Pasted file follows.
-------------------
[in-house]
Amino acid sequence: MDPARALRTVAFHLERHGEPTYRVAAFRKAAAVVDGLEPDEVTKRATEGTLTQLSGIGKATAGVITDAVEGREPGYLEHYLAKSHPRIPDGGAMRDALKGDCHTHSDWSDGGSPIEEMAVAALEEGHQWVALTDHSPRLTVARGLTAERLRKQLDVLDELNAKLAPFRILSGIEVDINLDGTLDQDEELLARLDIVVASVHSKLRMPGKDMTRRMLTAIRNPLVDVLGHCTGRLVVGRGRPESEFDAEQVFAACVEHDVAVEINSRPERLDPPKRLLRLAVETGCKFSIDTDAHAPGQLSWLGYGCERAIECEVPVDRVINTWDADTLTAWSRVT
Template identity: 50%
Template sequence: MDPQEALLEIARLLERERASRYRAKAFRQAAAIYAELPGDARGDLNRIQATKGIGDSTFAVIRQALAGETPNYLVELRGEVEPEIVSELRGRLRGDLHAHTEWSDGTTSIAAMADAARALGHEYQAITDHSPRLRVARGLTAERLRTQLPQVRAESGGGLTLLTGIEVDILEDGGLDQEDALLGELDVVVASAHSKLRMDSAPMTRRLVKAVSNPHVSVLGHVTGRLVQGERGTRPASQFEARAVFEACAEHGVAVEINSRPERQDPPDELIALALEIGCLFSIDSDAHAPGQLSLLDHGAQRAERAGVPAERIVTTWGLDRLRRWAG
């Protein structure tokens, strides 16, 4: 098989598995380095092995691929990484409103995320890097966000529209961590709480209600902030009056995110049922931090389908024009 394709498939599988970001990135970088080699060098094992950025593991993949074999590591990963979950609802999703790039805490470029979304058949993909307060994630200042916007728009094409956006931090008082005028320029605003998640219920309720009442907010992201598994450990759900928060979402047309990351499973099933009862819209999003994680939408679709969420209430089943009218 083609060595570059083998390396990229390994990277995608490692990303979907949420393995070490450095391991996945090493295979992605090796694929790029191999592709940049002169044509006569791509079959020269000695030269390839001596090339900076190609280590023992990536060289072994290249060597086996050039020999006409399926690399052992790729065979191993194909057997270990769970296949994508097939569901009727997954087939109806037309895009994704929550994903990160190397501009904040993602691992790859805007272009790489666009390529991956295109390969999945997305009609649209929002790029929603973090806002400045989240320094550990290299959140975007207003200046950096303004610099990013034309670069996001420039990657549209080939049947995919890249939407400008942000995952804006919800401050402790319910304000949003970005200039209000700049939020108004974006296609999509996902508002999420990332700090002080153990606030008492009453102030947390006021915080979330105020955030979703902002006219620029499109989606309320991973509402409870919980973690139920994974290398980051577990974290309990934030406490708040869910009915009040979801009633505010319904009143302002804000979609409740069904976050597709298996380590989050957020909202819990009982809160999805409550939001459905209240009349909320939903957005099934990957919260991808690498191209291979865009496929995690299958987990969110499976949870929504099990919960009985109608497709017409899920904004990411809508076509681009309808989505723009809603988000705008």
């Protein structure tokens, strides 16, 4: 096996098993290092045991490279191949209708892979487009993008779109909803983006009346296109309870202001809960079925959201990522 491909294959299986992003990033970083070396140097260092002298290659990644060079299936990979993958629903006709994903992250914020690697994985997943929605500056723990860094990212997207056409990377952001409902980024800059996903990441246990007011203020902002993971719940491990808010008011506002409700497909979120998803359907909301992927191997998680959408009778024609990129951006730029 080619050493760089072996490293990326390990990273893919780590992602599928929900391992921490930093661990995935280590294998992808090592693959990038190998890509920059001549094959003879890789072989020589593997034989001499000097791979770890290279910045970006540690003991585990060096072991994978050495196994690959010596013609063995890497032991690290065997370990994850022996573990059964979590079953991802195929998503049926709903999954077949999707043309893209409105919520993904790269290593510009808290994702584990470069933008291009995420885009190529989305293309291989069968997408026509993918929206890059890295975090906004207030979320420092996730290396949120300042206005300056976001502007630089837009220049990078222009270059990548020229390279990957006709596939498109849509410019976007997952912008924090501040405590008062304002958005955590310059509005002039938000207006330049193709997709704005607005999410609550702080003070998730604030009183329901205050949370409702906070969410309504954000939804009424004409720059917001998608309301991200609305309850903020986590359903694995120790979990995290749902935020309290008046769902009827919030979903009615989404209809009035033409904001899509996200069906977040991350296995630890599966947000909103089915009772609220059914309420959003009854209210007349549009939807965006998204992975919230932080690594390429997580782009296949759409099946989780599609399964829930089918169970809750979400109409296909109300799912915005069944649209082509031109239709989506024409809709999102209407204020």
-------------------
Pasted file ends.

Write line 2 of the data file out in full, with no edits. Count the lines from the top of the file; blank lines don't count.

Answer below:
Amino acid sequence: MDPARALRTVAFHLERHGEPTYRVAAFRKAAAVVDGLEPDEVTKRATEGTLTQLSGIGKATAGVITDAVEGREPGYLEHYLAKSHPRIPDGGAMRDALKGDCHTHSDWSDGGSPIEEMAVAALEEGHQWVALTDHSPRLTVARGLTAERLRKQLDVLDELNAKLAPFRILSGIEVDINLDGTLDQDEELLARLDIVVASVHSKLRMPGKDMTRRMLTAIRNPLVDVLGHCTGRLVVGRGRPESEFDAEQVFAACVEHDVAVEINSRPERLDPPKRLLRLAVETGCKFSIDTDAHAPGQLSWLGYGCERAIECEVPVDRVINTWDADTLTAWSRVT